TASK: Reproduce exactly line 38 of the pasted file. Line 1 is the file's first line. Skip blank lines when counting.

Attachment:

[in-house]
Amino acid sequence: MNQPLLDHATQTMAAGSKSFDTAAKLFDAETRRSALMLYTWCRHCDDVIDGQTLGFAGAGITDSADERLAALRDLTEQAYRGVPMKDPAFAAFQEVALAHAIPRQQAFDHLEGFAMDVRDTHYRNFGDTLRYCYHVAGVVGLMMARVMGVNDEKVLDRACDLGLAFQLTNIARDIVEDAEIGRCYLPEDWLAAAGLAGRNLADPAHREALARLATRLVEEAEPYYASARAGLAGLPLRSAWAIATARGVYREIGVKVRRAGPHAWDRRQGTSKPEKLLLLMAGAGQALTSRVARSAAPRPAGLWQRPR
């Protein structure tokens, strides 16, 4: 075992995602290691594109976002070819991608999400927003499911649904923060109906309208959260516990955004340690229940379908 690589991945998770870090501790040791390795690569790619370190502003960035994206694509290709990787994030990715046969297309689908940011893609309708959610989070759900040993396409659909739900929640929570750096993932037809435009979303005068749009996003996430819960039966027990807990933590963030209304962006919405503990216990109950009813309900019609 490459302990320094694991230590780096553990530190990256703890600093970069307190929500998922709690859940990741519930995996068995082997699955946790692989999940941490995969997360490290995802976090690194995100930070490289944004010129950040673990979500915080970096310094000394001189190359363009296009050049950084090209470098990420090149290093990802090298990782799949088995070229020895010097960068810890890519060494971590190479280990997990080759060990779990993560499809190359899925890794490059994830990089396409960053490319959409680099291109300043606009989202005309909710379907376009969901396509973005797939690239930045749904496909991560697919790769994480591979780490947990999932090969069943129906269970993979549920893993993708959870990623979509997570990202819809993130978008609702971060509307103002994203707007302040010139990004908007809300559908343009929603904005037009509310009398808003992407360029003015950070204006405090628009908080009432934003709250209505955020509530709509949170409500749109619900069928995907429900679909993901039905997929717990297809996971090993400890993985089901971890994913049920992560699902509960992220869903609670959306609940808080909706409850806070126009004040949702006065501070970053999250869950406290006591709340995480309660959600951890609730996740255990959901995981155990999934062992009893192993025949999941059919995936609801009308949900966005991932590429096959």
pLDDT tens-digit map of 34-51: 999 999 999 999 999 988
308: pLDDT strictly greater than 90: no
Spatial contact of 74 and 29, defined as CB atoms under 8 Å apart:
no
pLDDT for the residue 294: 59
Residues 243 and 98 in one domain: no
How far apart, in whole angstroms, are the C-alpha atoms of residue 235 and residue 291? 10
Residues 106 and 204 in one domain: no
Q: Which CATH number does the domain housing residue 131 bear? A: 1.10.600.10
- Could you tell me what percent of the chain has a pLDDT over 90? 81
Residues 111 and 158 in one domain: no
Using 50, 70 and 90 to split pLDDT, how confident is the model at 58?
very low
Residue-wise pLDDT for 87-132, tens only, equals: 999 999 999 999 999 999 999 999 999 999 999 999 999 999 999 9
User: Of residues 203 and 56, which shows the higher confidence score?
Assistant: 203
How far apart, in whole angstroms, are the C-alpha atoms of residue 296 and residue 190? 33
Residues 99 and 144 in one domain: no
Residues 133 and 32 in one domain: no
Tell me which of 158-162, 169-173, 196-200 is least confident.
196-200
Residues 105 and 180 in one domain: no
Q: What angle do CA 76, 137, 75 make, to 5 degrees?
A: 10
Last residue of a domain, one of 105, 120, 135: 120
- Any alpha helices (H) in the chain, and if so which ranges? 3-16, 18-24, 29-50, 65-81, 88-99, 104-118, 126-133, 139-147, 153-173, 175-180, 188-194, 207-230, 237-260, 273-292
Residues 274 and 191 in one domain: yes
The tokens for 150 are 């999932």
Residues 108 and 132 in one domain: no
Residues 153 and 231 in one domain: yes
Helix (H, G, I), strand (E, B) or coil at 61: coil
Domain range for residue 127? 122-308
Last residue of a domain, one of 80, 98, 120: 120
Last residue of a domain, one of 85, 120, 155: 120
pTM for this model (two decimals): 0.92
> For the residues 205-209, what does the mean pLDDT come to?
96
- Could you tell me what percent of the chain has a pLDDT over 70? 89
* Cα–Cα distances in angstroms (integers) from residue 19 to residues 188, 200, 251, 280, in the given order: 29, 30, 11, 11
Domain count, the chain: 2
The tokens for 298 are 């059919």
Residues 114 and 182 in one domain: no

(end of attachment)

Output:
pTM for this model (two decimals): 0.92